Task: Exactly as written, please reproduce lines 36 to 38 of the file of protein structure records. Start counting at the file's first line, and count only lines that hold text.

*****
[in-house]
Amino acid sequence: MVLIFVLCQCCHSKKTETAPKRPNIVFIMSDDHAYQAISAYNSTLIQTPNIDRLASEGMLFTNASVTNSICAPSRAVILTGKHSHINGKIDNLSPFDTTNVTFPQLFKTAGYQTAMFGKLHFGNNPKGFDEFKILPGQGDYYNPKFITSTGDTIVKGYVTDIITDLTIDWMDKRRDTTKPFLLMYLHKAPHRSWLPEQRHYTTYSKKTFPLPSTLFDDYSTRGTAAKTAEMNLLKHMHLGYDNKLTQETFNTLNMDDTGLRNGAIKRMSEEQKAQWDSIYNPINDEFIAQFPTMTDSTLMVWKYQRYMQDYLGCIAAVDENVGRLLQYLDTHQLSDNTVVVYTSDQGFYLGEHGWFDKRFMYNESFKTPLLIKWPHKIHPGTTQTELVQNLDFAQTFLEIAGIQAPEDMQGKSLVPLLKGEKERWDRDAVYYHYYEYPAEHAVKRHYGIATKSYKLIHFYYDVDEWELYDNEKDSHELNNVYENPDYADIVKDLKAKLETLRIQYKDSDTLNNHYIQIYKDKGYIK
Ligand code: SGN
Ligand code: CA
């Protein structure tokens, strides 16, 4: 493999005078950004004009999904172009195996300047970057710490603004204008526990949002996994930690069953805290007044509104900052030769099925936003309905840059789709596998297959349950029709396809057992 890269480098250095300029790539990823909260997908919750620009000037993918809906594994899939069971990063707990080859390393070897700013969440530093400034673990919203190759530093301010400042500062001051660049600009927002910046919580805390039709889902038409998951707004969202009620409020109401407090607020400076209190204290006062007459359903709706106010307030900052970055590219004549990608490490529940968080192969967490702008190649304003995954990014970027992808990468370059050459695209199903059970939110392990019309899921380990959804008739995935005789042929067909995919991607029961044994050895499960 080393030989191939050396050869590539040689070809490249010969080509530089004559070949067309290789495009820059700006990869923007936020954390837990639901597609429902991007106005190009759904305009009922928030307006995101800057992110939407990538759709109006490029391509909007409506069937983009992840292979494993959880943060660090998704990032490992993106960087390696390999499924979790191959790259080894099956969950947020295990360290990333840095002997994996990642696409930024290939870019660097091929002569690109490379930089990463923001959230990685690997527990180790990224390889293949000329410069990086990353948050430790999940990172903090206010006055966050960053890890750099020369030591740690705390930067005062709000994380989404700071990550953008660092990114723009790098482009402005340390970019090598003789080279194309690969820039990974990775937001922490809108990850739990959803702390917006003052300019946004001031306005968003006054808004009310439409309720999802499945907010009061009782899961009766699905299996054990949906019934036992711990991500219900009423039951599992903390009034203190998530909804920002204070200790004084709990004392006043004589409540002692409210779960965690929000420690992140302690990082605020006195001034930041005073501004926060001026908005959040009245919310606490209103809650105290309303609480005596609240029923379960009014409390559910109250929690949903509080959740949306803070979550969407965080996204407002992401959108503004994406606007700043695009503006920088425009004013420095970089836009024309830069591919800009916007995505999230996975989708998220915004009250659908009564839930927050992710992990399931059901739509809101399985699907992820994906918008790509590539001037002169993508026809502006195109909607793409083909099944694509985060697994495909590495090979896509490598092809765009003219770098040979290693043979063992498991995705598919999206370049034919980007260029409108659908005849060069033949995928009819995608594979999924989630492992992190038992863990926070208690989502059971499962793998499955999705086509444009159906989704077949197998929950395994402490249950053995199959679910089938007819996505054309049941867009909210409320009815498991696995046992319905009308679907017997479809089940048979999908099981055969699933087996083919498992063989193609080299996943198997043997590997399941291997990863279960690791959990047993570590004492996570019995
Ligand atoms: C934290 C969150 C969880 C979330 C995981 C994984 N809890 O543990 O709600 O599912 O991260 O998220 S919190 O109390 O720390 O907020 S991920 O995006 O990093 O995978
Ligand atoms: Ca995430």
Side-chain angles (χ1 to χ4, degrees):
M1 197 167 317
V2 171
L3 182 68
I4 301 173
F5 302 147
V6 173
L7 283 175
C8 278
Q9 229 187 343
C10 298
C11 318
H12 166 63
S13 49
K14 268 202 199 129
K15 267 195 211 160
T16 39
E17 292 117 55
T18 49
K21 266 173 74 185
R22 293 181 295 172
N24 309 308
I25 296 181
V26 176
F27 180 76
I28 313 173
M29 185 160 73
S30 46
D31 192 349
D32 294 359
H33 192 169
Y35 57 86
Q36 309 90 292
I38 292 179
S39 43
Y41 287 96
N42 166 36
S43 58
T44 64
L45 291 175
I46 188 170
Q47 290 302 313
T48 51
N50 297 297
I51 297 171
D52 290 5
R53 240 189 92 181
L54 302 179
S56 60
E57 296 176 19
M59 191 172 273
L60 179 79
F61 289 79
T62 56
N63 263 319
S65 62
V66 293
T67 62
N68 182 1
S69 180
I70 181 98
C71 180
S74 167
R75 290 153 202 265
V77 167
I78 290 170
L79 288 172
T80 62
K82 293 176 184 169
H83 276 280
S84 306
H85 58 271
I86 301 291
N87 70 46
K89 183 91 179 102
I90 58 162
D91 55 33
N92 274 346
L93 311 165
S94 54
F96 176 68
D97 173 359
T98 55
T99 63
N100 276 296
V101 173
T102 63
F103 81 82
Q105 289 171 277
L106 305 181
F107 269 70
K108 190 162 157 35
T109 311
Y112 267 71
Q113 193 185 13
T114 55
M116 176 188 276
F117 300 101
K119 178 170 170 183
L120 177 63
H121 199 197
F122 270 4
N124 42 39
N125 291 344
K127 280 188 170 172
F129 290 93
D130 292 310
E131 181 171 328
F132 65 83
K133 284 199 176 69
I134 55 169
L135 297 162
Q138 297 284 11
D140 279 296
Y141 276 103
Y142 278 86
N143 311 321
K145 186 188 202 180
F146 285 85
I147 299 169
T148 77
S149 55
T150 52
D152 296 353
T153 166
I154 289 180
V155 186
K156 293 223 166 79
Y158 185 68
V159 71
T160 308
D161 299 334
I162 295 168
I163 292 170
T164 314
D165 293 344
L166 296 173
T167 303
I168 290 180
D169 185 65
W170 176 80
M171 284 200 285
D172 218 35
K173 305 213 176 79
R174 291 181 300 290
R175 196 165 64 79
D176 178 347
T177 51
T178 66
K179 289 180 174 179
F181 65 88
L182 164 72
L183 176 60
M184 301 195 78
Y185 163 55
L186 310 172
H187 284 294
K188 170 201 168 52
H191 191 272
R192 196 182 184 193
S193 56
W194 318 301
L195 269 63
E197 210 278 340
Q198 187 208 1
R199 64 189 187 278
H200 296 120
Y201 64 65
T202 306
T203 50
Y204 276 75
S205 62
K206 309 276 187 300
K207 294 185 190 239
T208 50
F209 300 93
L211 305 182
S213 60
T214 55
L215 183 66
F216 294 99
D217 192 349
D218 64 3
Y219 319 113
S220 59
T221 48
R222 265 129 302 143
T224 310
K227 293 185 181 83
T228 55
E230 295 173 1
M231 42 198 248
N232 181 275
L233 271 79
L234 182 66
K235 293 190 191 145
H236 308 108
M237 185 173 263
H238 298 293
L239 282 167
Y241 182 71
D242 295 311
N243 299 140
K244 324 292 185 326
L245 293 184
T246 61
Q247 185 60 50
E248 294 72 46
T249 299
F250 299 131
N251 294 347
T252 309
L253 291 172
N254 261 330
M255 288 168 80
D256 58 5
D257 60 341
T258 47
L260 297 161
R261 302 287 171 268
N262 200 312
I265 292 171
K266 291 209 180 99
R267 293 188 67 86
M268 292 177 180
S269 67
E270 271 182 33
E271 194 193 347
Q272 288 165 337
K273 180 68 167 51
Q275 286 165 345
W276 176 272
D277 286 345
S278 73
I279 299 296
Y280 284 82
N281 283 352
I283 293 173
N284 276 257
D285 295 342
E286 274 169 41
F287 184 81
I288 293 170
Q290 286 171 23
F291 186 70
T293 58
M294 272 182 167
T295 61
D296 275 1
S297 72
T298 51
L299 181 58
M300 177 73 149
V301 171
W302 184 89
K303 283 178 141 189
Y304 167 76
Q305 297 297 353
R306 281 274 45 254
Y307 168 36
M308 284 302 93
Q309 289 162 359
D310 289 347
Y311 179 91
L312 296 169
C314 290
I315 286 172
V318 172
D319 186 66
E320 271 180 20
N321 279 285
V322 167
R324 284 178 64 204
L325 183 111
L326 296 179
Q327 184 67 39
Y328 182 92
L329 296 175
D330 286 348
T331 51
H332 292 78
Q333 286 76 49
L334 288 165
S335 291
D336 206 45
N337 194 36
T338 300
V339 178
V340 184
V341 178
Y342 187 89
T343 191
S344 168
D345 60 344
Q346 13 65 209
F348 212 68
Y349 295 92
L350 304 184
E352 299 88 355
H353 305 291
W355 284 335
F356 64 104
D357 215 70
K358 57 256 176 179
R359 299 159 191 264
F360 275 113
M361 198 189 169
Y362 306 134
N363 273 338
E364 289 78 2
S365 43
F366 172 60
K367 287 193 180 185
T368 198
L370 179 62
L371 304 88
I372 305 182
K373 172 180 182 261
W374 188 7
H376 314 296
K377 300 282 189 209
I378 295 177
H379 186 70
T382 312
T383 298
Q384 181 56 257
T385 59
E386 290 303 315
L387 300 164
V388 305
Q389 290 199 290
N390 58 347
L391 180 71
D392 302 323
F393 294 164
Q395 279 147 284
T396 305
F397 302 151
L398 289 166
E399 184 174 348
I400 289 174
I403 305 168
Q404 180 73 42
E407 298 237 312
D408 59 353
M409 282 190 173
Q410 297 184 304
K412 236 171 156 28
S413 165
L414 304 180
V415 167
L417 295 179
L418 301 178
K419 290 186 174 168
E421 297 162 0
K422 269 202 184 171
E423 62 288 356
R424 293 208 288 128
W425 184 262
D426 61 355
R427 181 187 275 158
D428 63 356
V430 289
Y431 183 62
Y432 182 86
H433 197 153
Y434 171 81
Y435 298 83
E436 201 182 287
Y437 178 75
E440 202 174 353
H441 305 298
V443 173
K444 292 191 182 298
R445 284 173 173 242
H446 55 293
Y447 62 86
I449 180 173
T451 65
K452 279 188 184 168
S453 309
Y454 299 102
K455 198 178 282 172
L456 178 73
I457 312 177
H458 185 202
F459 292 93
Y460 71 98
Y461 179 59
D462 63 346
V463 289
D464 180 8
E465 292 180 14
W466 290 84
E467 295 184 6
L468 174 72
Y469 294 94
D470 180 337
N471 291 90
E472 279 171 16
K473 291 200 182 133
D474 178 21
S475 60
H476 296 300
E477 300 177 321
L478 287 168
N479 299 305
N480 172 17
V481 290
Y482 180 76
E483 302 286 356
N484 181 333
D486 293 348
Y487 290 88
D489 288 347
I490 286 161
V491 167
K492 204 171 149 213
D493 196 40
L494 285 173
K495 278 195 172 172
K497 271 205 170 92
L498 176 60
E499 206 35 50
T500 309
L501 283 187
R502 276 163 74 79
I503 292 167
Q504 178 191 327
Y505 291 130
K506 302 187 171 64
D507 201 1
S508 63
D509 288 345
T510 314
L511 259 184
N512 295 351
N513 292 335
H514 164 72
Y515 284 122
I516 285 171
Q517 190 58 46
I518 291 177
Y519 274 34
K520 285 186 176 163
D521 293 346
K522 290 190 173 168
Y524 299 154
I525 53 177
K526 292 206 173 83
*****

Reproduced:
D31 192 349
D32 294 359
H33 192 169